If you've ever Angry Birds or Words with Friends, or Farmville, you might have some sympathy for Diane Edwards of Red Lion, Pennsylvania. She plays Farmville on her laptop up to eight hours a day.
It just gets addicting. I don't know why. I’m 51 and what am I doing sitting here playing a Farmville game?
Reporter: She spends up to $200 a month on her Farmville habit. She can't help it. She's hooked. Dr. Timothy Fong of UCLA says he sees patients just like her every day.
The average age of our patient is about 40. We've seen housewives, we've seen doctors, we've seen lawyers. The stereotype of the “video game addict” is a teenage kid in his underwear. That's not what's happening out there.
Reporter: The American Psychiatric Association has so far to recognize video game addiction as a diagnosis. But the American Psychological Association lists video game psychologist as a hot career, because the gaming industry is hiring psychologists as consultants to make their games more enticing. Ariella Leher, a trained psychologist, designs games for middle aged women.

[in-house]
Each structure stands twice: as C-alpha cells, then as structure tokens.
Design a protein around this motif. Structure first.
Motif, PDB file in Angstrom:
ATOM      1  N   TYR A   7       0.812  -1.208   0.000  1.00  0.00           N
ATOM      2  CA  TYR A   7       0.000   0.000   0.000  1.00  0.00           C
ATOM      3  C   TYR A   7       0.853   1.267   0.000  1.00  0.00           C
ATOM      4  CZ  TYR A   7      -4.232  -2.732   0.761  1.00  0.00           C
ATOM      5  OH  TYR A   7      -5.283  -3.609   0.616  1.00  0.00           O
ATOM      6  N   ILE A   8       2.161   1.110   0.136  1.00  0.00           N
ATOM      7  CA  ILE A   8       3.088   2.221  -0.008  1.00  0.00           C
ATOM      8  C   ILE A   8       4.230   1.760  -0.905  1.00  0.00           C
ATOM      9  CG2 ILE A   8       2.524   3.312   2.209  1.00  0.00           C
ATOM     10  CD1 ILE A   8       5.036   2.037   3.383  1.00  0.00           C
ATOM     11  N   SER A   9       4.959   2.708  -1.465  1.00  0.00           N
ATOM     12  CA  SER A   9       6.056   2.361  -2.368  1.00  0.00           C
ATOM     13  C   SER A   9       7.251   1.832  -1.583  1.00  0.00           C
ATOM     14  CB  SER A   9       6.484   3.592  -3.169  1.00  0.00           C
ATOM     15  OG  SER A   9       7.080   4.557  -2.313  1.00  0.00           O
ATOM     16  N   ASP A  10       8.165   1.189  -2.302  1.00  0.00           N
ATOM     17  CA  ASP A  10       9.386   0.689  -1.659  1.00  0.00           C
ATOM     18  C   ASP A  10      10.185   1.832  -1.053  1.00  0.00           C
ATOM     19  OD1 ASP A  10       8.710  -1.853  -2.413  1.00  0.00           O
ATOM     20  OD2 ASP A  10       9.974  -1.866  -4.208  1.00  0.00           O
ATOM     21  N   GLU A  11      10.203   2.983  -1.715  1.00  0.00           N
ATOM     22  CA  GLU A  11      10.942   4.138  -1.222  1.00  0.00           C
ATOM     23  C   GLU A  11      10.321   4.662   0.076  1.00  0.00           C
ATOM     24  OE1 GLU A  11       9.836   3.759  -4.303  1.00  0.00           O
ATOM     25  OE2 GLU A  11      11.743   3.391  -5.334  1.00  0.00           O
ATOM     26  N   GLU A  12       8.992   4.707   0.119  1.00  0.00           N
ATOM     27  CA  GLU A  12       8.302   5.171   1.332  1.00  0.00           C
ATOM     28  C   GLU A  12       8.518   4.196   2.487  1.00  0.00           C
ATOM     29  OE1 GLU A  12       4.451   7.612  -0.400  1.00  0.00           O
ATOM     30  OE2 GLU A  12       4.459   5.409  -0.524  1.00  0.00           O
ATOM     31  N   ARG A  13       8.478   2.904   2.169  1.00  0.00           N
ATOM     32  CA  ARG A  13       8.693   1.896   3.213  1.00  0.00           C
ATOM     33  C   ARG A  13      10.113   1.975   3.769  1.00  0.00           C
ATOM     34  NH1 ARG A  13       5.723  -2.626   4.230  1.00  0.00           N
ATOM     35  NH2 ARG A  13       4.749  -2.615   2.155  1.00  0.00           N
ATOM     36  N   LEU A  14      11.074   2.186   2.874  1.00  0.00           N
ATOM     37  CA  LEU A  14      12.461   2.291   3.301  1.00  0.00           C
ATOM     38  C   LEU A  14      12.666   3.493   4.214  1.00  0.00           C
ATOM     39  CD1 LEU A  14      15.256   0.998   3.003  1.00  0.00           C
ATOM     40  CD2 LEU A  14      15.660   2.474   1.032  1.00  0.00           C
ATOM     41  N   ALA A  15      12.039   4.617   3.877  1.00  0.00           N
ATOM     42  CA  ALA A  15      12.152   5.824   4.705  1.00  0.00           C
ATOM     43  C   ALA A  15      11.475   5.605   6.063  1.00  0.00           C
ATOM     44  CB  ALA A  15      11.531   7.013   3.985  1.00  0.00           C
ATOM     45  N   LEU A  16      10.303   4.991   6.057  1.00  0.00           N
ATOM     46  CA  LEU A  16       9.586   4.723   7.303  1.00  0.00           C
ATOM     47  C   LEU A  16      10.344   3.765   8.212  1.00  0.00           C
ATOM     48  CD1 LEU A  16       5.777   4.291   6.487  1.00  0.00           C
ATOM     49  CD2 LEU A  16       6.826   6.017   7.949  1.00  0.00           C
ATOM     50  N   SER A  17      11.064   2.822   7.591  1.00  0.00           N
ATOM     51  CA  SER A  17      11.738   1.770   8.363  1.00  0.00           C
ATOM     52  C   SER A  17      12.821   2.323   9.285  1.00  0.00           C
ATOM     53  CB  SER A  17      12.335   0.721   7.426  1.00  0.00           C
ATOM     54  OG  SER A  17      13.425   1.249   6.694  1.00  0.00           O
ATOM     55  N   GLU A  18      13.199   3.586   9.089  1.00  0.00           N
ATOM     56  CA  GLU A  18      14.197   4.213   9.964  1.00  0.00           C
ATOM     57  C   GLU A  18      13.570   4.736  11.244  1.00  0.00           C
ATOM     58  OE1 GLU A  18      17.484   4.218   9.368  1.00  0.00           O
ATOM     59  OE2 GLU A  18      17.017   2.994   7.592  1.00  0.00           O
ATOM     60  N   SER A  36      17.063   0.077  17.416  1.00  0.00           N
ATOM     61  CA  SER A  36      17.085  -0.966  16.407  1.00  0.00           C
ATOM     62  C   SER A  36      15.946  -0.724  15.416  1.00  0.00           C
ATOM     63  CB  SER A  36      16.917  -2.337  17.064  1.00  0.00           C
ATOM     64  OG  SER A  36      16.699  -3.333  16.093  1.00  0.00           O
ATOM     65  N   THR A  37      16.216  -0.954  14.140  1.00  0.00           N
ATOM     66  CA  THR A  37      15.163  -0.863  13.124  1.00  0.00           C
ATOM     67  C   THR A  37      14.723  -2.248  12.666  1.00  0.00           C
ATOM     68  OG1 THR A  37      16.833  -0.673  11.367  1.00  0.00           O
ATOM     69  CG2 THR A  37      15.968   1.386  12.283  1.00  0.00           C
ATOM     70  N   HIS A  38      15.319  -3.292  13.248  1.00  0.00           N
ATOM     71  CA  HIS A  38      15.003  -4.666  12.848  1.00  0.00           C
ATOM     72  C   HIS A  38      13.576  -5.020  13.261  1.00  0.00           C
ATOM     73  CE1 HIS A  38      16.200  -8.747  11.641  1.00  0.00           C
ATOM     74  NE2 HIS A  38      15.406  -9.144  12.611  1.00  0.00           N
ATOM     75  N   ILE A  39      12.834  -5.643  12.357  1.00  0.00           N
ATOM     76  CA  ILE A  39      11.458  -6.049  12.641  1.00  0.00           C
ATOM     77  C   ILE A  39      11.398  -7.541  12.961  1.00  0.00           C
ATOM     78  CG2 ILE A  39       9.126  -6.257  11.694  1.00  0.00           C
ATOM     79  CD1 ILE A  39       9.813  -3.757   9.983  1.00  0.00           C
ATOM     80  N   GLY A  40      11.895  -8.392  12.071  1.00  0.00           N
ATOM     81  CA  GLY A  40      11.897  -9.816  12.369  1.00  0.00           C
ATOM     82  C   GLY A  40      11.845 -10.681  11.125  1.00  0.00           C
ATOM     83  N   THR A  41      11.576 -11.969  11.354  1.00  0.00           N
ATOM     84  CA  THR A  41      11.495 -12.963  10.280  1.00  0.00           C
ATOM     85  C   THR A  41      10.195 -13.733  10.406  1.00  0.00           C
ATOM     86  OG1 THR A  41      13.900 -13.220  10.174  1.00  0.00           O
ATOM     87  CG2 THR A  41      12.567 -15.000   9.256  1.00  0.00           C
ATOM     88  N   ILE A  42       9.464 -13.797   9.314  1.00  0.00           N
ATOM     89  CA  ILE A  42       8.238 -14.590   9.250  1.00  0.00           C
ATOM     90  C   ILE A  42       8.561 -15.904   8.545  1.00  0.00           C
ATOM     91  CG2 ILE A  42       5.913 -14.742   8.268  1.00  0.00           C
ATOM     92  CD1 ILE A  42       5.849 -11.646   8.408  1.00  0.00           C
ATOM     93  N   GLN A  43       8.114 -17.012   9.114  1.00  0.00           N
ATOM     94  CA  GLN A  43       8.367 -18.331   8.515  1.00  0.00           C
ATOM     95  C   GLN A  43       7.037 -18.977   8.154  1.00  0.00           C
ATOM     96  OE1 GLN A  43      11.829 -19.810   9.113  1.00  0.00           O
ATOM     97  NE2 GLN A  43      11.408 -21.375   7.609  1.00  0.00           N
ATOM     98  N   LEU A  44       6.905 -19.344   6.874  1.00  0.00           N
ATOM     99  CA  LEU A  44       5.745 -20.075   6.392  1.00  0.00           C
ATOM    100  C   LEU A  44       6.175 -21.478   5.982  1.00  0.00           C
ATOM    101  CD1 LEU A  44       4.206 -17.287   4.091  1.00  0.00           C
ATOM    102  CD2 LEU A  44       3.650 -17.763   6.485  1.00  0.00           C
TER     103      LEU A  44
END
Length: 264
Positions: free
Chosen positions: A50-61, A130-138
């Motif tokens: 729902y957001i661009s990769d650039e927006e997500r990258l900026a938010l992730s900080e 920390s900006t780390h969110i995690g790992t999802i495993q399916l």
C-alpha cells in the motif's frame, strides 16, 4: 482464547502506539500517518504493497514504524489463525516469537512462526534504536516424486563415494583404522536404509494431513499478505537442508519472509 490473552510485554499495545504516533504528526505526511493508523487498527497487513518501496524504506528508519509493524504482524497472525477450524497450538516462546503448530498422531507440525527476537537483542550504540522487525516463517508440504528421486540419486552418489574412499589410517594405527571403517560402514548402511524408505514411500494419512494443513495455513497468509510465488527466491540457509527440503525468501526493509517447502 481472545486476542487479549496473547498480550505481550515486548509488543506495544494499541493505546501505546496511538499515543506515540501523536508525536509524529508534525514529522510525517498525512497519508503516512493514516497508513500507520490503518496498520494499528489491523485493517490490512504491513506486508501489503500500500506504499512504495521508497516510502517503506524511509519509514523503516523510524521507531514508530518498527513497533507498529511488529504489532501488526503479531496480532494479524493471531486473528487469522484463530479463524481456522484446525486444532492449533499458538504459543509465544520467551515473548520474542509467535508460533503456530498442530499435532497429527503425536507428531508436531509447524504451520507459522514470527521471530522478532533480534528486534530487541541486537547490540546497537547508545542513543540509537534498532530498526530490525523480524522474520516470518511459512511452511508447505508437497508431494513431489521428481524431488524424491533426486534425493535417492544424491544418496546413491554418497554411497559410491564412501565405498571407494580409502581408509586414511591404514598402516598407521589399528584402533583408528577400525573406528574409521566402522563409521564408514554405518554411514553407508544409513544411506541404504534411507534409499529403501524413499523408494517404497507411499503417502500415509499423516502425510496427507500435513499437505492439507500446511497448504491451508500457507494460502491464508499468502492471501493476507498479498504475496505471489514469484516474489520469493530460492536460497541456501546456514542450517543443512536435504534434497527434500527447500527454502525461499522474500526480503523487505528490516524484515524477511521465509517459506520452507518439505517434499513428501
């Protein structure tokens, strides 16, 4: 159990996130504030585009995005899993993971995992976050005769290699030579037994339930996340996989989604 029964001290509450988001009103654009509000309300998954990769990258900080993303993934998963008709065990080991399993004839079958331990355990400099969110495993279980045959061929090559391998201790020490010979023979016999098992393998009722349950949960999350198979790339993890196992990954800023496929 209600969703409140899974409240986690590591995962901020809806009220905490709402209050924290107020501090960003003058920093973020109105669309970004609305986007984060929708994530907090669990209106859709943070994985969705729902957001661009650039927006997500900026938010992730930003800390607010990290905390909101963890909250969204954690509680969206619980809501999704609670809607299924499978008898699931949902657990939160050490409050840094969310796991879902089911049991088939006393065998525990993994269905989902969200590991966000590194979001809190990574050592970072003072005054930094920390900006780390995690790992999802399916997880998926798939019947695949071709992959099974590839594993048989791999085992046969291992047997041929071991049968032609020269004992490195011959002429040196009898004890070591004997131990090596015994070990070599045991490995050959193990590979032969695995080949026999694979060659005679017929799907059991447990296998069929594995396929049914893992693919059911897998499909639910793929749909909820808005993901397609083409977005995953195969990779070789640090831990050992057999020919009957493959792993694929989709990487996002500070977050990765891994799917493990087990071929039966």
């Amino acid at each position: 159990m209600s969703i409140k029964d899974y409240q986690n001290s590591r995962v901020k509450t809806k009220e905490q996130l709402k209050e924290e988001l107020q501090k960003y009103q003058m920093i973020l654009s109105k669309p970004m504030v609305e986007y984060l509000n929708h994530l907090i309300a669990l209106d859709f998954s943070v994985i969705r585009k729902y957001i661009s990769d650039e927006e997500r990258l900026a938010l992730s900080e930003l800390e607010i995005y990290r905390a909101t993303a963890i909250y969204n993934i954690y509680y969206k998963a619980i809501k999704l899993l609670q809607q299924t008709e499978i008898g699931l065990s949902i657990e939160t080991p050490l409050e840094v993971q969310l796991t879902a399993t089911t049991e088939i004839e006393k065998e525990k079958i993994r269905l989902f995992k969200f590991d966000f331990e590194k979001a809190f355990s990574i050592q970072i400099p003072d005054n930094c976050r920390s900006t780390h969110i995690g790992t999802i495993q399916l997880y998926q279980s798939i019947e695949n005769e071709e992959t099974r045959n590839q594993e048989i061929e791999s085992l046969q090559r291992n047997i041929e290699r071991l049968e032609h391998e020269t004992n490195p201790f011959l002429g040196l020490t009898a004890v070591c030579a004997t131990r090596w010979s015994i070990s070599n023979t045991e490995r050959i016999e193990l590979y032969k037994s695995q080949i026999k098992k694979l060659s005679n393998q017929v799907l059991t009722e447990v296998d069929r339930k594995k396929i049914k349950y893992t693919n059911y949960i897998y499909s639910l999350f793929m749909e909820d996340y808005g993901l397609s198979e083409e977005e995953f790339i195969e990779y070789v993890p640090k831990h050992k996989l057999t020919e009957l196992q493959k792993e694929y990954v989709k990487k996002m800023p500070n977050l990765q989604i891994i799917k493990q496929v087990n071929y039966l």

Our most popular title is a game called Murder She Wrote.
Reporter: The content: romance and mystery. But the psychology: pure Las Vegas.
I think there's a lot to learn from Las Vegas.
Reporter: For instance, intermittent rewards.
The rewards, the money in the cash drawer, don't come ever single time. We learned this with rats. With food pedal press.
Reporter: Some games even follow a six second rule. Every six seconds a visual sparkle to entice you to keep playing.
Potency, if you will, of these video games is much, much more intense, more rewarding, more engaging than video games were 30 years ago.
Reporter: Which makes them a lot more fun unless -- do you want 60, do you want 100, 500—you get hooked.
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